May 30 George Floyd protests news

7 Posts
Sort byDropdown arrow
12:12 a.m. ET, May 30, 2020

Accused officer’s wife files for dissolution of marriage, lawyer says

An attorney for Kellie Chauvin, the wife of ex-Minneapolis police officer Derek Chauvin, has filed for a dissolution of marriage, according to a statement from the Sekula Family Law office.

Derek Chauvin was arrested Friday and charged with third-degree murder and second-degree manslaughter in the death of George Floyd.

“This evening, I spoke with Kellie Chauvin and her family. She is devastated by Mr. Floyd’s death and her utmost sympathy lies with his family, with his loved ones and with everyone who is grieving this tragedy. She has filed for dissolution of her marriage to Derek Chauvin,” the statement said.
“While Ms. Chauvin has no children from her current marriage, she respectfully requests that her children, her elder parents, and her extended family be given safety and privacy during this difficult time.”
12:52 a.m. ET, May 30, 2020

Here's a snapshot of where we've seen protests so far tonight

From CNN's Joe Sutton

Protesters took to the streets across America over the death of George Floyd on Friday night. 

Some of the protests have been peaceful, while others have been destructive. Here are the cities where protesters gathered:

California: Los Angeles, Bakersfield, Sacramento, San Jose, Oakland, San Francisco 

Colorado: Denver  

Georgia: Atlanta

Illinois: Chicago

Iowa: Des Moines

Indiana: Indianapolis, Fort Wayne 

Kentucky: Louisville (Related to the death of Breonna Taylor)

Louisiana: New Orleans

New York: New York City 

Massachusetts: Boston

Michigan: Detroit

Minnesota: Minneapolis

Nevada: Las Vegas

North Carolina: Charlotte 

Ohio: Columbus, Cincinnati 

Texas: Dallas, Houston

Virginia: Richmond

Washington, DC

12:49 a.m. ET, May 30, 2020

Rapper Killer Mike tearfully tells Atlanta protesters: "I am tired of seeing black men die"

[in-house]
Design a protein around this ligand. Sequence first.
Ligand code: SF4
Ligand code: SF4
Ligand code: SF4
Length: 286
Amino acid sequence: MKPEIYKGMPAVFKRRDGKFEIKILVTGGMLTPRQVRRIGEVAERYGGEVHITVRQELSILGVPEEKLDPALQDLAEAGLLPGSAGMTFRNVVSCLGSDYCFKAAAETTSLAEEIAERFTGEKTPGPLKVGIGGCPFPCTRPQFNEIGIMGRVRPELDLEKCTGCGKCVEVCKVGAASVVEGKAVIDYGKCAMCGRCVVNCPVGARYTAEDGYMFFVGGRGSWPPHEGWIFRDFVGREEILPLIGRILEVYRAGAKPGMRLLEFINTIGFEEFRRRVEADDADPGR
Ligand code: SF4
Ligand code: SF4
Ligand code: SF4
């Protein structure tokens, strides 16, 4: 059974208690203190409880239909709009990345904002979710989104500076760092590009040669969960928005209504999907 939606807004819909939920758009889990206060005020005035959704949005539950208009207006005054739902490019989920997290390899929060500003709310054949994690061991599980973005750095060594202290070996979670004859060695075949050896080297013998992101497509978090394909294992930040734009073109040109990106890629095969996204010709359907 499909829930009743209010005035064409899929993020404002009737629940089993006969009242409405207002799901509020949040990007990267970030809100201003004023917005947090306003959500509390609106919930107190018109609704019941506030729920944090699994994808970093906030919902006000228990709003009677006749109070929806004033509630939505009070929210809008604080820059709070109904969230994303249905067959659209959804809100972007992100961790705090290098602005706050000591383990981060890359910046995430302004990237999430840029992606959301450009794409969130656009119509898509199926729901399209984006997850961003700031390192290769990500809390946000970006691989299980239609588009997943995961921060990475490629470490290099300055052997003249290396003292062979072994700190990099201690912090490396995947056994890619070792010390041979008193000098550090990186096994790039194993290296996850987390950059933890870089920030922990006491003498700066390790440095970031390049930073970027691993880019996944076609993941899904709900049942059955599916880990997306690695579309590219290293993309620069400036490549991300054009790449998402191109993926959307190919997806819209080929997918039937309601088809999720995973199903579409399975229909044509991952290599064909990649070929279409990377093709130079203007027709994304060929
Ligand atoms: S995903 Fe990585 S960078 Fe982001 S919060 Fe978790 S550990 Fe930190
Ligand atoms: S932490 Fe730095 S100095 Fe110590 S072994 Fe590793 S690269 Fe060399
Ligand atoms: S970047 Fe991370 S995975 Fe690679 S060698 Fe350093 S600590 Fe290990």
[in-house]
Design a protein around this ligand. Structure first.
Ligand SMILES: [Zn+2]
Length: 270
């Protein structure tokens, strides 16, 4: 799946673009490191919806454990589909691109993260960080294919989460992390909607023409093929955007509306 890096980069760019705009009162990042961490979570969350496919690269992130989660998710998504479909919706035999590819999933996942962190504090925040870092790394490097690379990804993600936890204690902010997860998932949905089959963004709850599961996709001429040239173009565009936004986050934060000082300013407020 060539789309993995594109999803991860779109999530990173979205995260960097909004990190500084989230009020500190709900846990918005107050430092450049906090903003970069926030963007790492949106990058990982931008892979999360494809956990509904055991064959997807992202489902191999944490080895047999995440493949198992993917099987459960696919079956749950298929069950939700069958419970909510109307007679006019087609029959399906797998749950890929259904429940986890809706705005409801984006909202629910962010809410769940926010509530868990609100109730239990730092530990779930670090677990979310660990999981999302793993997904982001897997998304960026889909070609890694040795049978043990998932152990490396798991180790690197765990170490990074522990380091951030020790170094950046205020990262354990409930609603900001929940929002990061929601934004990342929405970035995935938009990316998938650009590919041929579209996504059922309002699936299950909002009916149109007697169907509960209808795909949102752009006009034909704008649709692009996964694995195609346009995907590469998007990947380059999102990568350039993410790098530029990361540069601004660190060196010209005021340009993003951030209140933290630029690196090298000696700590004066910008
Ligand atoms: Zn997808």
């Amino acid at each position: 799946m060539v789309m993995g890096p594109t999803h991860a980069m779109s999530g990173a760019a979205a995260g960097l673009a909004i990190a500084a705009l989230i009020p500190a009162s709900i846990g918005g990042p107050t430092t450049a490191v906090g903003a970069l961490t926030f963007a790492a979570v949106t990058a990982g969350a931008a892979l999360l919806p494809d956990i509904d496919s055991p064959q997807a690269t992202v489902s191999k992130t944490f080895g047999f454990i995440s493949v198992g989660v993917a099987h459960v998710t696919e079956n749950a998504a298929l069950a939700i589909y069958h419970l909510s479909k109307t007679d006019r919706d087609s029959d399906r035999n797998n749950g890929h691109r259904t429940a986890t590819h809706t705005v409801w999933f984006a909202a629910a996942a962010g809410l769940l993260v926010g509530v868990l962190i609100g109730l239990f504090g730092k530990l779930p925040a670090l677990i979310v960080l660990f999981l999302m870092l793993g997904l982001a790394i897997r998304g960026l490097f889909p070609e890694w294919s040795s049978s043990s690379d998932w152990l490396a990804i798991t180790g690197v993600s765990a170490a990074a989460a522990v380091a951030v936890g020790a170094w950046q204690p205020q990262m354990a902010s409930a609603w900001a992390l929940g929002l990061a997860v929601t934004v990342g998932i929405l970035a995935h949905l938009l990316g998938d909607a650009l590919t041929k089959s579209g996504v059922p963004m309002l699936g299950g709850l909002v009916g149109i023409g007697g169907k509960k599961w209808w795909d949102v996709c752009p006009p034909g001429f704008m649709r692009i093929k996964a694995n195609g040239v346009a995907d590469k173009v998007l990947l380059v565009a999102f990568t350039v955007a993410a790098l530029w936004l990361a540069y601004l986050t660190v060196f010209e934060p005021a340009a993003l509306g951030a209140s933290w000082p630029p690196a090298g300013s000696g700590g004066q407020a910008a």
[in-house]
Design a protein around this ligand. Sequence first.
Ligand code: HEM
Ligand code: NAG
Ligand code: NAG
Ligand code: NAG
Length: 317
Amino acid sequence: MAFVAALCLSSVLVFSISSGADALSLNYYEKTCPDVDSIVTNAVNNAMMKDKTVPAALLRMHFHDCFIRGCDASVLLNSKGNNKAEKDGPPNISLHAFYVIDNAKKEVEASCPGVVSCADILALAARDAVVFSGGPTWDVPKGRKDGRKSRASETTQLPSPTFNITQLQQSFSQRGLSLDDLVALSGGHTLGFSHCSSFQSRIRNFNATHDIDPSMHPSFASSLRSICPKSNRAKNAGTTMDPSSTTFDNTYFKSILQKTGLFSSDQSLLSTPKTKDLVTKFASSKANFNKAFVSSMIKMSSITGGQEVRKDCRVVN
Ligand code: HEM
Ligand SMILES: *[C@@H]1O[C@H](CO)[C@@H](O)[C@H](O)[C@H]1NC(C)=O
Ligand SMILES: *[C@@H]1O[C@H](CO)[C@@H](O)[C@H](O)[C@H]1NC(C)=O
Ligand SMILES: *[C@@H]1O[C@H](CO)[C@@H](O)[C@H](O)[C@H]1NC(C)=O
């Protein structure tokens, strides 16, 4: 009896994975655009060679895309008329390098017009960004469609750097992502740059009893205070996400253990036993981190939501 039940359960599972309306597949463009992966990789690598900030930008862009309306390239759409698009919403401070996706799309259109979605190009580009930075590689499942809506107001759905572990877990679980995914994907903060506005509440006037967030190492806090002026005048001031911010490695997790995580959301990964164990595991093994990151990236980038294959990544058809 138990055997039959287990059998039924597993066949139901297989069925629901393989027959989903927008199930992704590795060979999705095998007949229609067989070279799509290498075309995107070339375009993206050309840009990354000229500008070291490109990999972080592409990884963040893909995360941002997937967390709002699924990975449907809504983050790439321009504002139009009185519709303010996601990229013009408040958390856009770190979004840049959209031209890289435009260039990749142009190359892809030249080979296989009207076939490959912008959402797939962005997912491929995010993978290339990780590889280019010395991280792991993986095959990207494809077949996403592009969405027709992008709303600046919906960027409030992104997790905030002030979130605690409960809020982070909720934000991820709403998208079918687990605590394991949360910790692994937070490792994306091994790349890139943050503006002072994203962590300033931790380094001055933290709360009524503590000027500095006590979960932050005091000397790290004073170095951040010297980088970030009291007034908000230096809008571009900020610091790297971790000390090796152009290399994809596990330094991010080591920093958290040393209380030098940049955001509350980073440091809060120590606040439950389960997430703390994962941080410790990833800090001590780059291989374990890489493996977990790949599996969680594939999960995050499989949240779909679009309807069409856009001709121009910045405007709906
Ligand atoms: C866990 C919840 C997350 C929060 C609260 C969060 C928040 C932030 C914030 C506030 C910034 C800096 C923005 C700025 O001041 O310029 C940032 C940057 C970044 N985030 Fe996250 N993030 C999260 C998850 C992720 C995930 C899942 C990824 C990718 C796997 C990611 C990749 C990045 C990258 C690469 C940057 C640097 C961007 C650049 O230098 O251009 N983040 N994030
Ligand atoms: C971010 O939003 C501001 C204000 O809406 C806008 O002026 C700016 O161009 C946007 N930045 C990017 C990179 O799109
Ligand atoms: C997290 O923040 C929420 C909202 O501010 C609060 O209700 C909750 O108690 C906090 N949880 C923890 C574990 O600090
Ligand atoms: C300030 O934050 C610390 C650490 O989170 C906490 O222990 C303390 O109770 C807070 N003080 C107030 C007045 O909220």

WGCL
WGCL

In an emotional speech, rapper Killer Mike addressed George Floyd protesters directly at Atlanta Mayor Keisha Lance Bottoms' news conference tonight.

"I am the son of an Atlanta police officer," said the rapper, whose real name is Michael Render.  "And I got a lot of love and respect for police officers, down to the original eight police officers in Atlanta." 

Crying on camera, he continued: "I watched a white police officer assassinate a black man. And I know that tore your heart out." 

"I woke up wanting to see the world burn down yesterday because I am tired of seeing black men die," he said. "We don't want to see Targets burning. We want to see the system that sets up for systemic racism burned to the ground."
He added, "I am duty-bound to be here to simply say that it is your duty not to burn your own house down for anger with an enemy. It is your duty to fortify your own house in times of organization." 

He concluded by thanking Mayor Lance Bottoms, saying he appreciated her telling the protesters to go home. 

Watch:

12:09 a.m. ET, May 30, 2020

Here's what you need to know about the death of George Floyd

On Monday evening, police in Minneapolis were called about someone trying to pass a counterfeit bill at Cup Foods, a neighborhood grocery store.

Officers responding to an alleged forgery in progress were initially told that a person later described as the suspect was sitting on a car and appeared to be under the influence, police said.

A pair of officers located the man, George Floyd, who was at that point inside the car and who police said "physically resisted" the officers when ordered to get out. Officers handcuffed Floyd, who "appeared to be suffering medical distress," according to police.